Christiaan Huygens (1629-1695) – the Netherlands’ most important scientist of all time – made a significant contribution to revolutionising the natural sciences. His outstanding inventions and discoveries were focused on the fields of astronomy and microscopy. Christiaan tested his ideas using instruments that he designed and built himself. A large number of Christiaan’s original instruments have now returned from Museum Boerhaave to Hofwijck. And that is unique. In the 17th century, Christiaan kept his instruments at Hofwijck. He lived and worked there for the last seven years of his life. So a visit to Hofwijck takes you to the ‘holy ground’ of Dutch astronomy and microscopy.
Is it possible to experience the Golden Age of the Netherlands through the eyes of just one man? Maybe, if that man is Constantijn Huygens! As a poet, composer and art lover, he was at the heart of cultural and artistic society. In his role as secretary and advisor to the princes of Orange, he experienced the major political and military developments of the day at first hand. And as a diplomat and networker avant la lettre, he was in close contact with intellectuals throughout Europe.
The permanent exhibition The Golden Age of Constantijn deals with all these aspects of Constantijn's life and work. Surrounded by the family portraits and other artefacts, you can listen to moving poetry, read about the exciting life that Constantijn led with the princes of Orange and be amazed by the over 100,000 letters that he wrote during his lifetime. And all this with spectacular views over the Hofwijck gardens.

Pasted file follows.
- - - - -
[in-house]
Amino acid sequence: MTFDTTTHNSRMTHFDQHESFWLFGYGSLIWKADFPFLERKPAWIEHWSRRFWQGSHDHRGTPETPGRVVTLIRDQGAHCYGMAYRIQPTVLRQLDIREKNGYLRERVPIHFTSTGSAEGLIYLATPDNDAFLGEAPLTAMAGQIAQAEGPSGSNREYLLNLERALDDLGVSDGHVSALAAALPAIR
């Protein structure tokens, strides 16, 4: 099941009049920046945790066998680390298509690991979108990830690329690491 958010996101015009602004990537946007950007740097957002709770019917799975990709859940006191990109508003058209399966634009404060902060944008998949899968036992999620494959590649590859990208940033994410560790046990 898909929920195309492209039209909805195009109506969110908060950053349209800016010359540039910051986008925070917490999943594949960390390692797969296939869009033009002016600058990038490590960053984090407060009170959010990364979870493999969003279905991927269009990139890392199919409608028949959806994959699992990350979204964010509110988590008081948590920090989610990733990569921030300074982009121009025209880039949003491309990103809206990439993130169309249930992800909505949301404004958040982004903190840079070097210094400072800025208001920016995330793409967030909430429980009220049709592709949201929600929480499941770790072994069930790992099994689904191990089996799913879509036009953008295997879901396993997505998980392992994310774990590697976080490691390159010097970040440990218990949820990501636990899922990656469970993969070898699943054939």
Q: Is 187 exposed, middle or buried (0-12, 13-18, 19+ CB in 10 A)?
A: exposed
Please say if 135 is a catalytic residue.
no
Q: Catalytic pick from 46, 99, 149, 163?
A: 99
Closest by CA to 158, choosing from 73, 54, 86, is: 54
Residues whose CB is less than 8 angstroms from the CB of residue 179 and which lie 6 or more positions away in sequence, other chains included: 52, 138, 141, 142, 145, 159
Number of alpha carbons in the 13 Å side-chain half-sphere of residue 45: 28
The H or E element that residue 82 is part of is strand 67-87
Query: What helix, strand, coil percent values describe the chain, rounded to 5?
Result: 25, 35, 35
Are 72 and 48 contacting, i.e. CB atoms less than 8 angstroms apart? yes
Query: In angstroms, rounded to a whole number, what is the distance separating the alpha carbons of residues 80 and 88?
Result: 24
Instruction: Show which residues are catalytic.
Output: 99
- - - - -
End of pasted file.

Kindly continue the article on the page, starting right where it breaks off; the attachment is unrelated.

Christiaan Huygens is considered to be one of the greatest scientists in the history of the Netherlands. He lived at Hofwijck during the last eight years of his life. The attic at the top of the building, where Christian kept his collection of telescopes, is now home to the presentation Christiaan under the Stars.
Amidst the collection of authentic seventeenth-century clocks and telescopes, children and adult visitors can experience the joys of discovery and invention, just as Christiaan did in his day. How exactly did his invention of the pendulum clock work? How did he discover the Rings of Saturn? What is the principle of the magic lantern? And how did Christiaan live and work at Hofwijck?
Until recently the icehouse was the best-kept secret of Hofwijck. This is because it was hidden from view. When money ran out during a restoration of the house around 1920, the icehouse was filled with sand and for almost a century it was completely forgotten. It was not until the spring of 2015 that it was emptied of sand and restored to its former glory, making Hofwijck once again the proud owner of an icehouse.
During the first half of the Golden Age, in the period known as the Little Ice Age, winters in the Netherlands were often extremely cold. Owners of country estates turned this phenomenon to their own advantage. During the winter they would order ice from the estate ponds to be cut and stored in the icehouse, where it was used for the conservation of perishable foodstuffs. The ice often lasted until well into the summer.
The icehouse at Hofwijck is situated under the sloping bridge ascending to the front door. Its location so close to the house is quite unique.
Each year during December, Hofwijck is transformed into a Christmas wonderland. A Christmas tree takes pride of place in the Pronkzaal and the rest of the house is decorated with Christmas foliage. The square at the entrance to the house is lit up with seasonal lighting.
In the house itself you can see the Christmas exhibition.
Hofwijck is hosting a range of activities in the Christmas season, including a special programme for the Voorburg by Candlelight evening (on Christmas Eve) and Boxing Day.
We don't know how Constantijn Huygens, the architect of Hofwijck, celebrated Christmas with his family. In his diaries we can read that he was working at Christmas. However, the poet Huygens wrote a beautiful poem about Christmas.